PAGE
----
Gabby Carter was only months old when she was rushed to the hospital, her spleen full of damaged red blood cells. That day, Gabby became diagnosed with sickle-cell disease. Now, at age 5, she is continuing her ongoing battle with the disease. Her only hope for a full recovery is a bone marrow transplant—but the chance of finding a bone marrow donor who is a perfect match is devastatingly slim. Generally, there is only about a 30% chance of finding a donor who is a perfect match, and the odds are much less for minorities, who are extremely underrepresented in the pool of bone marrow donors. The rare opportunity for Gabby to receive a bone marrow transplant from a perfect match did arise once… until the donor decided to back out. However, despite these odds, Gabby and her mother refuse to give up hope.
For the 30,000 people suffering from fatal blood diseases such as sickle cell, leukemia, and lymphoma, only about 2% of Americans are on the national bone marrow donor registry. This shockingly low number can easily be boosted if the number of donors were to increase. Donating marrow is unlike donating a vital organ, such as a kidney, as bone marrow has the ability to regenerate itself. Gabby’s mother, Debbie Carter, urges people to register as bone marrow donors and potentially help save another person’s life. “For you, it’s only a couple of days,” she says. “For her, she becomes normal. She’s cured. She gets to grow up—do things that people take for granted.”
Finding a match for a bone marrow transplant and is much more difficult than finding a match for blood, in that a bone marrow donor must be compatible with the recipient on a deep genetic level. In the meantime, as many as 3,000 people die per year waiting for that match, and thousands more die from complications that arise from marrow that is a from a close-but-not-perfect match.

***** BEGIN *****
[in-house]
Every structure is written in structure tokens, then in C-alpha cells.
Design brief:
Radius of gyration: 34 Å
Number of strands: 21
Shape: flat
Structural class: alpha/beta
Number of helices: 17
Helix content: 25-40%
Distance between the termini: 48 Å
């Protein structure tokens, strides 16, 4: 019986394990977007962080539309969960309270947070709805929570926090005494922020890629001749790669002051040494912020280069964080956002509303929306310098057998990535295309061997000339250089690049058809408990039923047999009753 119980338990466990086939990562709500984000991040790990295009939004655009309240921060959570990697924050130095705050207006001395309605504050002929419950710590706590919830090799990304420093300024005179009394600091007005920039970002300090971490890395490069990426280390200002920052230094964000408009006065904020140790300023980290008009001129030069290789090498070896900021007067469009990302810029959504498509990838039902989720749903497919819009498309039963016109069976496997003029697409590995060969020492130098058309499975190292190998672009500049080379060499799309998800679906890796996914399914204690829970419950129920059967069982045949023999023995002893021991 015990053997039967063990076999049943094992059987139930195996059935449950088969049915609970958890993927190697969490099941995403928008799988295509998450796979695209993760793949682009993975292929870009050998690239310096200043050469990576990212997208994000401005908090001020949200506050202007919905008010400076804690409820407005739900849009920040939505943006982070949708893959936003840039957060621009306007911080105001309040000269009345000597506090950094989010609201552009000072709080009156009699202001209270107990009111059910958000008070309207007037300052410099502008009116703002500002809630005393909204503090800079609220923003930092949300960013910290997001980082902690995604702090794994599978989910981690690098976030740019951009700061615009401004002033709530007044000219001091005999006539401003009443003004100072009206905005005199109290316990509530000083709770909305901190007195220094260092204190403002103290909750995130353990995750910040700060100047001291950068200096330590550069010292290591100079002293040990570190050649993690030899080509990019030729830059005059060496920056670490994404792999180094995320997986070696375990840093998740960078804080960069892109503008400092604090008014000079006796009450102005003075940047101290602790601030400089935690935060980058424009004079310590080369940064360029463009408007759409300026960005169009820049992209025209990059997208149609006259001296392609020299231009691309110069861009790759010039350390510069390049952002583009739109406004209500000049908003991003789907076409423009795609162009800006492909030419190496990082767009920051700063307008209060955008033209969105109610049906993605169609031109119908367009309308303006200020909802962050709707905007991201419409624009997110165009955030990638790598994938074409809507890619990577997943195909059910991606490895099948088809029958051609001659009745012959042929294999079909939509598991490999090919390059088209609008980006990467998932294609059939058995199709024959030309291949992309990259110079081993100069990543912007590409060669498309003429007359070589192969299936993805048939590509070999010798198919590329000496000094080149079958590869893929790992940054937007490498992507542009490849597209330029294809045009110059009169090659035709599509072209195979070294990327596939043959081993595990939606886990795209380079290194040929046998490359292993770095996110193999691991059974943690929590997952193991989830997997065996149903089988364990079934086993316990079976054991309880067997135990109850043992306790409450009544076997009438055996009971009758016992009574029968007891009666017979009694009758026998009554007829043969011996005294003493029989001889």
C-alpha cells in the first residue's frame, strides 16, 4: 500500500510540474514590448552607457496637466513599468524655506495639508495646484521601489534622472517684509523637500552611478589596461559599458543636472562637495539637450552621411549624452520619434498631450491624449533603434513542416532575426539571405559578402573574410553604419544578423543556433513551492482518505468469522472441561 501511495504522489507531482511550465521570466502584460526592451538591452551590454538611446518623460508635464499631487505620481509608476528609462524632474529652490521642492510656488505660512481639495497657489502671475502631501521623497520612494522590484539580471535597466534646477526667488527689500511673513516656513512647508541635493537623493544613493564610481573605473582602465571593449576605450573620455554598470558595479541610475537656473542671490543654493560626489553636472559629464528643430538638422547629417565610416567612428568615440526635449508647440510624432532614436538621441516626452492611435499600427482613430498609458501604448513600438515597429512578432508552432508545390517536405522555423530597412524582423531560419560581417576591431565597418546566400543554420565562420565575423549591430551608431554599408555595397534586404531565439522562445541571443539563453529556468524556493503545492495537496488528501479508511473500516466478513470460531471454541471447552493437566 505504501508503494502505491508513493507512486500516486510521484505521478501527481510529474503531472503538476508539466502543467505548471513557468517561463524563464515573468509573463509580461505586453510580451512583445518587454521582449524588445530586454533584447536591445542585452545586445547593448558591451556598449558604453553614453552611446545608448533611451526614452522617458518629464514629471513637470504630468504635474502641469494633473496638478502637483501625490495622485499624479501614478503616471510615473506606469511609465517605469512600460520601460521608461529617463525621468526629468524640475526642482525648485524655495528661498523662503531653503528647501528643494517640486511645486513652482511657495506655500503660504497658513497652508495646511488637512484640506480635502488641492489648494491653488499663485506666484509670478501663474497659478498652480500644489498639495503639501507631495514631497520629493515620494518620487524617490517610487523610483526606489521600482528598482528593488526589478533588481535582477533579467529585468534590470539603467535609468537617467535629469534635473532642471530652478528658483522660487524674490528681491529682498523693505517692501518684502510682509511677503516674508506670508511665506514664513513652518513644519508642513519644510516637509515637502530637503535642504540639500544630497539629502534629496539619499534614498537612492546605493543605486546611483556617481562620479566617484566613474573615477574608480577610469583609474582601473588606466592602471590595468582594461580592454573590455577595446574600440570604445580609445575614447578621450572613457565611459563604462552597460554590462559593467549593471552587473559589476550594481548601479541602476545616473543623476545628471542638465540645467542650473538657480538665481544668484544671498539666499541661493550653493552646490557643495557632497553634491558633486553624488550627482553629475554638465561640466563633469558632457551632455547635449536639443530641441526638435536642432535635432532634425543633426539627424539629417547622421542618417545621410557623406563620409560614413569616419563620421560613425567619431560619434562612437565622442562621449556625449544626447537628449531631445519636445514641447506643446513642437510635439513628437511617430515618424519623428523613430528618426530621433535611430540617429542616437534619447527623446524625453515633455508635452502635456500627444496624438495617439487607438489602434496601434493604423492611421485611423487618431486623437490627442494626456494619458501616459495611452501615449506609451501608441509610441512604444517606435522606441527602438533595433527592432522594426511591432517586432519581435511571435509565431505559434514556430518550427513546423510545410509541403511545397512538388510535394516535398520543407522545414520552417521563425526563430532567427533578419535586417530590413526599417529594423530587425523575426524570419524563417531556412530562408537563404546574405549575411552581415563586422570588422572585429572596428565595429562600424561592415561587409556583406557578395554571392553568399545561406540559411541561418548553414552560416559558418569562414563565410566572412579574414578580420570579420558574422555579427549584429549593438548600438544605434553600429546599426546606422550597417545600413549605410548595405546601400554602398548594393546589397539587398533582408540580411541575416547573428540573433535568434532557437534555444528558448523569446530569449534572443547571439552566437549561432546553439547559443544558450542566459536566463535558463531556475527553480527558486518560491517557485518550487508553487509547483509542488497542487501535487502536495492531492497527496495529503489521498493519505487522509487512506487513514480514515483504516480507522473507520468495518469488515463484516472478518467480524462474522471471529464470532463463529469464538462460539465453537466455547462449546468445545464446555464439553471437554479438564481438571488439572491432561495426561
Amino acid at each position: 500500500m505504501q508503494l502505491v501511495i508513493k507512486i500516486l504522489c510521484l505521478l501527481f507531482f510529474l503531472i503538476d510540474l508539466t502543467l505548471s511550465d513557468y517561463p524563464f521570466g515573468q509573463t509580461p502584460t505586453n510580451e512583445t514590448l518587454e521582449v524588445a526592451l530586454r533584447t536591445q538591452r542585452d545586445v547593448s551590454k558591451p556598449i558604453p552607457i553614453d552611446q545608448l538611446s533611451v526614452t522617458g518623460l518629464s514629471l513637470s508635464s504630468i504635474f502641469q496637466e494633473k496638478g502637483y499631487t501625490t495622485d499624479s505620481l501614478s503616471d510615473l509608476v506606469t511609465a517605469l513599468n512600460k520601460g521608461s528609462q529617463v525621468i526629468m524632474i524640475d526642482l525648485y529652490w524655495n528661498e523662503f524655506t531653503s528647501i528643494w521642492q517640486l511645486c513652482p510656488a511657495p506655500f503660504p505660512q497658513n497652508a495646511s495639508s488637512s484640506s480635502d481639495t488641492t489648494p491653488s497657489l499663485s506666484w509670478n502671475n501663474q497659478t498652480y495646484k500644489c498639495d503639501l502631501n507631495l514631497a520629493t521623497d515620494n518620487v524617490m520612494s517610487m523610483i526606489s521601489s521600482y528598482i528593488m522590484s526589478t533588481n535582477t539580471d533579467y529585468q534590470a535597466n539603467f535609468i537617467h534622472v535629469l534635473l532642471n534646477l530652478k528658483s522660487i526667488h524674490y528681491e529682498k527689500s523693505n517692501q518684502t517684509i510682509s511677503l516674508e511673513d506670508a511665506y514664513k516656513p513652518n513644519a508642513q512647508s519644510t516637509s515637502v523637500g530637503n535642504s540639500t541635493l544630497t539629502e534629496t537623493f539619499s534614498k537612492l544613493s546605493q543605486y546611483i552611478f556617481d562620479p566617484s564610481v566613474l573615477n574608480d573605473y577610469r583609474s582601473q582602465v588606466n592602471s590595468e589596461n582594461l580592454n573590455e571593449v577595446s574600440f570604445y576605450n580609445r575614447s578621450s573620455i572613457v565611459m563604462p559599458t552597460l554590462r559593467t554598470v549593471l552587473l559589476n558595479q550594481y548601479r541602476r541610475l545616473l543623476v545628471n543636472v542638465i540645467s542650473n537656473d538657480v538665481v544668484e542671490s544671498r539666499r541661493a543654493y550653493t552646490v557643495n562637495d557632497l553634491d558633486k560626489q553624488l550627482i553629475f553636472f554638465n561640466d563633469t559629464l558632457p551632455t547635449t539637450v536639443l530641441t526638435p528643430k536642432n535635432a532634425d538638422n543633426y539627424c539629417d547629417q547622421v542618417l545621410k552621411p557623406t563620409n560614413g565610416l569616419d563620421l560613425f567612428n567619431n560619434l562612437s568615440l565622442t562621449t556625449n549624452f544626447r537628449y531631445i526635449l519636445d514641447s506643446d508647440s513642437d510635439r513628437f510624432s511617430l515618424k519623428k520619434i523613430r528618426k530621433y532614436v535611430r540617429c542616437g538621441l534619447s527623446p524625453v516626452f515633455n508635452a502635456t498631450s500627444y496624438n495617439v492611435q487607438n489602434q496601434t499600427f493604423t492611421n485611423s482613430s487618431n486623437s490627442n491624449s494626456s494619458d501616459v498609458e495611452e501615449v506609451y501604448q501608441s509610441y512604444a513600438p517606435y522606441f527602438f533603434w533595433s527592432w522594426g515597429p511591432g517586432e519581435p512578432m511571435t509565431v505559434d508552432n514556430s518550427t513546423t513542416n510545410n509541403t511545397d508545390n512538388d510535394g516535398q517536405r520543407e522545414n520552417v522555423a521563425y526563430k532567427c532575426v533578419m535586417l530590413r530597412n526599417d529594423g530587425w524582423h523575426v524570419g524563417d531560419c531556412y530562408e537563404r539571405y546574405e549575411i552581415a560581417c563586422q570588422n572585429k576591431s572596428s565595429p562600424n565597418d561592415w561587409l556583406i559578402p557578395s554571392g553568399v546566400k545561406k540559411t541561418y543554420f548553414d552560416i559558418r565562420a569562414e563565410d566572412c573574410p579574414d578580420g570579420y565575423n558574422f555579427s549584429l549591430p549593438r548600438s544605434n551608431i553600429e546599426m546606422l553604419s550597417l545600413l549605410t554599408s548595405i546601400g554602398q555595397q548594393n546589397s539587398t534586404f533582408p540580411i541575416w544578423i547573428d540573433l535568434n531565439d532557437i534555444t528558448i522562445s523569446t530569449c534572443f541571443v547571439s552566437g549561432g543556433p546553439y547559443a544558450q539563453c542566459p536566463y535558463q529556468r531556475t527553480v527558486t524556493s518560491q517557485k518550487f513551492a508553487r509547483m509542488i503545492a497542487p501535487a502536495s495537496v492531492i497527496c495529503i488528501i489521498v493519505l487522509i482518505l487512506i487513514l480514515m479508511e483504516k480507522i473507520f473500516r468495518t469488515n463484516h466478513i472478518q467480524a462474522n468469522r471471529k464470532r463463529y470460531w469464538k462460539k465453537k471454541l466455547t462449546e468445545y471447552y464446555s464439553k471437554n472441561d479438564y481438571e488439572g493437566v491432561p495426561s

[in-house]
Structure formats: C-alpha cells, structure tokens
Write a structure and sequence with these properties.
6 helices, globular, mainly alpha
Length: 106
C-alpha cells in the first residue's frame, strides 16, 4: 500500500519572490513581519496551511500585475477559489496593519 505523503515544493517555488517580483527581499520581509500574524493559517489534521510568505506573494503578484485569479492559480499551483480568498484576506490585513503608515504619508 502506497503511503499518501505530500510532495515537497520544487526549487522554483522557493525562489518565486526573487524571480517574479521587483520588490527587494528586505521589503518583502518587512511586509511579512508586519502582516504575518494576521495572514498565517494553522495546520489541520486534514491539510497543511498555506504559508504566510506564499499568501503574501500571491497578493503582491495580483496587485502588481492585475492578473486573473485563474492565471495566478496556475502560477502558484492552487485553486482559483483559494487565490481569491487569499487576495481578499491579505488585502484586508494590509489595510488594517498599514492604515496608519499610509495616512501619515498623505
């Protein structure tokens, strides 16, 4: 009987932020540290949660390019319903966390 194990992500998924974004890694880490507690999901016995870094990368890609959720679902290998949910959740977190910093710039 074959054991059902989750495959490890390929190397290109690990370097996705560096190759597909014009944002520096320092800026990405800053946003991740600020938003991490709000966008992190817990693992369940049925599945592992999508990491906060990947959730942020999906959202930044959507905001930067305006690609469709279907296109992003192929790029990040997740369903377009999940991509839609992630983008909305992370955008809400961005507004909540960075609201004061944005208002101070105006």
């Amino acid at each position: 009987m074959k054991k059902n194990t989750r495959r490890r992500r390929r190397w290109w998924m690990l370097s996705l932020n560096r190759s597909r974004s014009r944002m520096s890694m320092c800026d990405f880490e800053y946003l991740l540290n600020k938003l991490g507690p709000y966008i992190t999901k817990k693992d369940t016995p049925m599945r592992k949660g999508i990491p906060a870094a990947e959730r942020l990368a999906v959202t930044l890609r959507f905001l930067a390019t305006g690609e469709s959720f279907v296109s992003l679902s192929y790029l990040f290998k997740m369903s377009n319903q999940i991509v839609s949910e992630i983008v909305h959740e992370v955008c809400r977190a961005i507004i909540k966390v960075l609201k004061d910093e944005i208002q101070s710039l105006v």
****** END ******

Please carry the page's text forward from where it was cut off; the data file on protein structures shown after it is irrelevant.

Another issue that arises is that, of the miniscule percentage of bone marrow donors in the U.S., only one-fifth of them are minorities. Bone marrow, its formation being deeply dependent on a person’s genetic makeup, means that a transplant must be very specific to the donor’s and the recipient’s ethnicity. People of mixed ethnicity have especially lower odds of finding a match.
For example, a person of Chinese-German-English descent would need a donor of this same specific mix, not just generally Asian and white. The severe bone marrow donor shortage is a growing concern, as many more children are being born of mixed ethnic backgrounds.
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The bottom line is: the more people who are willing to help by donating their bone marrow, the likelihood of finding a perfect match for the thousands of patients in need increases. Patrick, a bone marrow donor, looks at his experience donating blood as something bigger than himself. “The shots were like getting the flu, but it’s only for five days and you’re giving someone a lifetime,” he said. “I was the match for a 2-year-old little boy. I just want him to have a long and healthy life—to have every opportunity I had.”
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